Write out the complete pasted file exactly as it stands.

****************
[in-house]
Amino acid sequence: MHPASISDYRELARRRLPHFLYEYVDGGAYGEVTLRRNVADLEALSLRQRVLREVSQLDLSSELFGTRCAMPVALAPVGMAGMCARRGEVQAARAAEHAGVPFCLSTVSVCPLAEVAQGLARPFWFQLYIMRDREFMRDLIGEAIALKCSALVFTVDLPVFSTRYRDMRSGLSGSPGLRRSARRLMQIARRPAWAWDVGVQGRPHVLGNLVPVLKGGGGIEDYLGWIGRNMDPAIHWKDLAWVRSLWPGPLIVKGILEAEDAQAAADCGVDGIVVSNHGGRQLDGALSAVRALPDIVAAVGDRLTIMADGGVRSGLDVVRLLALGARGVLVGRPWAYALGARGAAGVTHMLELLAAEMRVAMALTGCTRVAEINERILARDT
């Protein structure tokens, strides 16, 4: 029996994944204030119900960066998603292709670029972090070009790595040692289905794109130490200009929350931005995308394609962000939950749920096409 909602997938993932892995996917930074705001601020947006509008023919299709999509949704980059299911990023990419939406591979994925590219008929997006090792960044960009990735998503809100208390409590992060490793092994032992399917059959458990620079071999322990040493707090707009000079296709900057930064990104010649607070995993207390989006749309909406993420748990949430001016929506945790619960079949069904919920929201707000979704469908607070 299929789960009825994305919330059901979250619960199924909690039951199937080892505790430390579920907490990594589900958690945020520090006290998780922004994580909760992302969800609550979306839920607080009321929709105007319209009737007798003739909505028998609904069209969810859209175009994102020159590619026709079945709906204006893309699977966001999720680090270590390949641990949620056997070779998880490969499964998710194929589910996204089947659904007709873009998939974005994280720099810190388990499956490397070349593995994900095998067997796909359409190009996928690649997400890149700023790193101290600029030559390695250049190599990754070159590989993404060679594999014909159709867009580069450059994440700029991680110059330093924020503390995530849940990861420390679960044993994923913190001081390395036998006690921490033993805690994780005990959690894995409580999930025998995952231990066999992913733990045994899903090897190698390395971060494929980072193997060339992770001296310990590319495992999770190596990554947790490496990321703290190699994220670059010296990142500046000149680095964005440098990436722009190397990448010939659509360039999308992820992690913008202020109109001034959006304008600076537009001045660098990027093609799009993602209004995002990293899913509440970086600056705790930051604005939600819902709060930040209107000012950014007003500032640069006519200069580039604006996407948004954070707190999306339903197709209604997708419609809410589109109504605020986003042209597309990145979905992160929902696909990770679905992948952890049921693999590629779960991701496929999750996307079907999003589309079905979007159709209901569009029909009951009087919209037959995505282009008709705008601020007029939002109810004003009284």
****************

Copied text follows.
[in-house]
Amino acid sequence: MHPASISDYRELARRRLPHFLYEYVDGGAYGEVTLRRNVADLEALSLRQRVLREVSQLDLSSELFGTRCAMPVALAPVGMAGMCARRGEVQAARAAEHAGVPFCLSTVSVCPLAEVAQGLARPFWFQLYIMRDREFMRDLIGEAIALKCSALVFTVDLPVFSTRYRDMRSGLSGSPGLRRSARRLMQIARRPAWAWDVGVQGRPHVLGNLVPVLKGGGGIEDYLGWIGRNMDPAIHWKDLAWVRSLWPGPLIVKGILEAEDAQAAADCGVDGIVVSNHGGRQLDGALSAVRALPDIVAAVGDRLTIMADGGVRSGLDVVRLLALGARGVLVGRPWAYALGARGAAGVTHMLELLAAEMRVAMALTGCTRVAEINERILARDT
């Protein structure tokens, strides 16, 4: 029996994944204030119900960066998603292709670029972090070009790595040692289905794109130490200009929350931005995308394609962000939950749920096409 909602997938993932892995996917930074705001601020947006509008023919299709999509949704980059299911990023990419939406591979994925590219008929997006090792960044960009990735998503809100208390409590992060490793092994032992399917059959458990620079071999322990040493707090707009000079296709900057930064990104010649607070995993207390989006749309909406993420748990949430001016929506945790619960079949069904919920929201707000979704469908607070 299929789960009825994305919330059901979250619960199924909690039951199937080892505790430390579920907490990594589900958690945020520090006290998780922004994580909760992302969800609550979306839920607080009321929709105007319209009737007798003739909505028998609904069209969810859209175009994102020159590619026709079945709906204006893309699977966001999720680090270590390949641990949620056997070779998880490969499964998710194929589910996204089947659904007709873009998939974005994280720099810190388990499956490397070349593995994900095998067997796909359409190009996928690649997400890149700023790193101290600029030559390695250049190599990754070159590989993404060679594999014909159709867009580069450059994440700029991680110059330093924020503390995530849940990861420390679960044993994923913190001081390395036998006690921490033993805690994780005990959690894995409580999930025998995952231990066999992913733990045994899903090897190698390395971060494929980072193997060339992770001296310990590319495992999770190596990554947790490496990321703290190699994220670059010296990142500046000149680095964005440098990436722009190397990448010939659509360039999308992820992690913008202020109109001034959006304008600076537009001045660098990027093609799009993602209004995002990293899913509440970086600056705790930051604005939600819902709060930040209107000012950014007003500032640069006519200069580039604006996407948004954070707190999306339903197709209604997708419609809410589109109504605020986003042209597309990145979905992160929902696909990770679905992948952890049921693999590629779960991701496929999750996307079907999003589309079905979007159709209901569009029909009951009087919209037959995505282009008709705008601020007029939002109810004003009284």